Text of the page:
Wednesday, July 7, 2010
Review: Lumby's Bounty by Gail Fraser
Lumby's Bounty by Gail Fraser (Book 3) Publisher: New American Library (Penguin Books)
Trade Paperback, 329 pages
Book Source: FSB Associates
My Rating: 95/100
[My review of Book 1 and Book 2]
From the author's website:
When a silly scheme commits Lumby to building a balloon for the regional festival it must host in twelve short weeks, the town's worthies take up the challenge, wreaking havoc along the way as test balloons suffer hilarious fates. But two foreigners who are visiting Saint Cross come to their rescue; Kai, a sincere young man who discovers his destiny is not in the priesthood, and his brother, Jamar, who brings his own brand of charismatic mischief to the scene and involves several locals in a wildly romantic real estate venture. As the festival approaches, the monks of Saint Cross Abbey, now nationally known for their good works, struggle to deal with the masses of devotees-and more than a few nutcases-flocking to take up residence on the monastery grounds. But in the end, the skies clear and The Bounty of Lumby, breathtaking in color and size, lifts off the ground and floats gently over Montis Inn.
This is the third book in Fraser's Lumby series, and it continues to give the reader a hilarious glimpse of life in the small town of Lumby. The usual suspects are back: the Walkers, the monks of the abbey, Joshua and Brooke; these characters are the main cast in every book so far. They are involved with whatever the main event of the story is. The event, in this case a hot air balloon festival, also brings in other Lumby residents or visitors to the story. So in case you are wondering whether you would be bored reading about the same people over and over, you won't.
This time around we meet brothers Kai and Jamar, two visitors from the island of Coraba in the Indian Ocean. Boy oh boy are these two night and day. Kai is serious and Jamar is quite the free spirit. Luckily for Lumby they know all about hot air balloons, and generously offer their expertise to the town.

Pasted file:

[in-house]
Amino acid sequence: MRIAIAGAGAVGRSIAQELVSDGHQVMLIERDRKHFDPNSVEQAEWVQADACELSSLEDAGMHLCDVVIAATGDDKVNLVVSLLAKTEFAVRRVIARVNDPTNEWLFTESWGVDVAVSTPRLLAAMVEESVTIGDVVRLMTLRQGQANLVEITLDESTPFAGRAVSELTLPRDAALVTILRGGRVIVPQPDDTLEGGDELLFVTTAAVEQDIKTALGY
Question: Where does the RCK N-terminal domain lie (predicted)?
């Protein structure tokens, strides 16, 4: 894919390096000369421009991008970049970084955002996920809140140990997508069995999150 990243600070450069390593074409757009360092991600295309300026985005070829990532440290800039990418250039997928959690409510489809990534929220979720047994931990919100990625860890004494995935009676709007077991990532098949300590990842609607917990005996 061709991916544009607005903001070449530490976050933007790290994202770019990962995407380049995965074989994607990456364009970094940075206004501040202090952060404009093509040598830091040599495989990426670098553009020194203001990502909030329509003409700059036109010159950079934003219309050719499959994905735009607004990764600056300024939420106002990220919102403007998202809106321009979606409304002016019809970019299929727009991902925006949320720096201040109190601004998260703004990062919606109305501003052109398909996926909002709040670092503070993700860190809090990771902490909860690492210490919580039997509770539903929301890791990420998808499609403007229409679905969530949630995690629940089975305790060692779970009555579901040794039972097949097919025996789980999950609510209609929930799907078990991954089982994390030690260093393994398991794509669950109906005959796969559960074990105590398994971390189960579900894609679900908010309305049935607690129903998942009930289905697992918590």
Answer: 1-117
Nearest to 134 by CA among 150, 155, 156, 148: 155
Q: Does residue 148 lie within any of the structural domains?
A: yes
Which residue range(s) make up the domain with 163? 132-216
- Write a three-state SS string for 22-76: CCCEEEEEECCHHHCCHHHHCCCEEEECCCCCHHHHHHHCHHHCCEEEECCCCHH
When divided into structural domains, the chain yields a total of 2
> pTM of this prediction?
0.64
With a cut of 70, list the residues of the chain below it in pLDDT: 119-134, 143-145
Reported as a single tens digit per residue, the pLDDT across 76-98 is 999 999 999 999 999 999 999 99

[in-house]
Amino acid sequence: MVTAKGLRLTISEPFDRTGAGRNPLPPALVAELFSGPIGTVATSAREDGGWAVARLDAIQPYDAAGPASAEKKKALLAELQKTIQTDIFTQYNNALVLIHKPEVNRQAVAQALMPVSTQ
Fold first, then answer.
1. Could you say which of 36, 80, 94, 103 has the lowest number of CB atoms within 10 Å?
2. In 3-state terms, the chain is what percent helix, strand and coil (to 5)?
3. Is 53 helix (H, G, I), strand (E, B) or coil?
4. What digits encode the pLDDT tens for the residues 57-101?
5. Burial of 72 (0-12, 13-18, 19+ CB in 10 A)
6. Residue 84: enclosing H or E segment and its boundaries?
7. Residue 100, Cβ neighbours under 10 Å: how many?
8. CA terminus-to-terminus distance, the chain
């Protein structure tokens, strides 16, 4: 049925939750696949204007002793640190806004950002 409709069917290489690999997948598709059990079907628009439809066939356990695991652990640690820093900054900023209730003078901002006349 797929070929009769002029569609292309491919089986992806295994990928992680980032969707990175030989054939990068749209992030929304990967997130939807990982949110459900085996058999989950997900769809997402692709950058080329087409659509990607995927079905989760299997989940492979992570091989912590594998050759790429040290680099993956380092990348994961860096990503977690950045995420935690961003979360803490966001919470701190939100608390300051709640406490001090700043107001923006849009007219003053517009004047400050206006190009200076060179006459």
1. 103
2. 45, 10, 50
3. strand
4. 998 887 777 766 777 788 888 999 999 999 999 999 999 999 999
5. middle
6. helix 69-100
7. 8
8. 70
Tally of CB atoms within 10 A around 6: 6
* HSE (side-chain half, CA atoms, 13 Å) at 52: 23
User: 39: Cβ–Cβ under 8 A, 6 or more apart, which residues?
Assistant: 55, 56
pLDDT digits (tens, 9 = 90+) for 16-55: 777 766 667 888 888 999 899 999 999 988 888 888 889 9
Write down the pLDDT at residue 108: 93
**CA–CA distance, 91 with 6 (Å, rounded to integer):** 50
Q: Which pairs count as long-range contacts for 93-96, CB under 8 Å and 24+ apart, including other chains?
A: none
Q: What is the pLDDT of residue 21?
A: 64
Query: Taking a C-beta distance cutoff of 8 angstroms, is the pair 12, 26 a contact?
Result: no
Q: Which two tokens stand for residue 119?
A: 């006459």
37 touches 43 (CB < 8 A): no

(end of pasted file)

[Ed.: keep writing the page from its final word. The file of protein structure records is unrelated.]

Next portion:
We also get to know some of the locales a little better, like Brian Beezer, the town mischief. Apparently he is very creative. He sees a situation and figures out a way to make it work to his advantage. Sounds misguided but it's not.
All in all I enjoyed my time in Lumby. These books always pull me out of my reading slump, and remind me what life could be all about. Don't sweat the small stuff and be nice to others. Simple but rules to live by. Reading these books are like sitting down with friends over a cup of coffee and a slice of cheesecake.
By the way, if you haven't read these books and are curious as to why I love them so, go check out the newsletter that Gail Fraser has started. It's called Simply Lumby and you can read the latest issue here: newsletter ( http://www.lumbybooks.com/newsletters.php )
There are contests, giveaways, recipes, gardening articles and a taste of Gail's writing. The back issues are listed at the bottom of the web page. So please, go see for yourself, why I would move to Lumby in a heartbeat.
Thanks to Caitlin from FSB Associates for my review copy.
2010 Challenges Met: 100+
I am an Amazon Associate.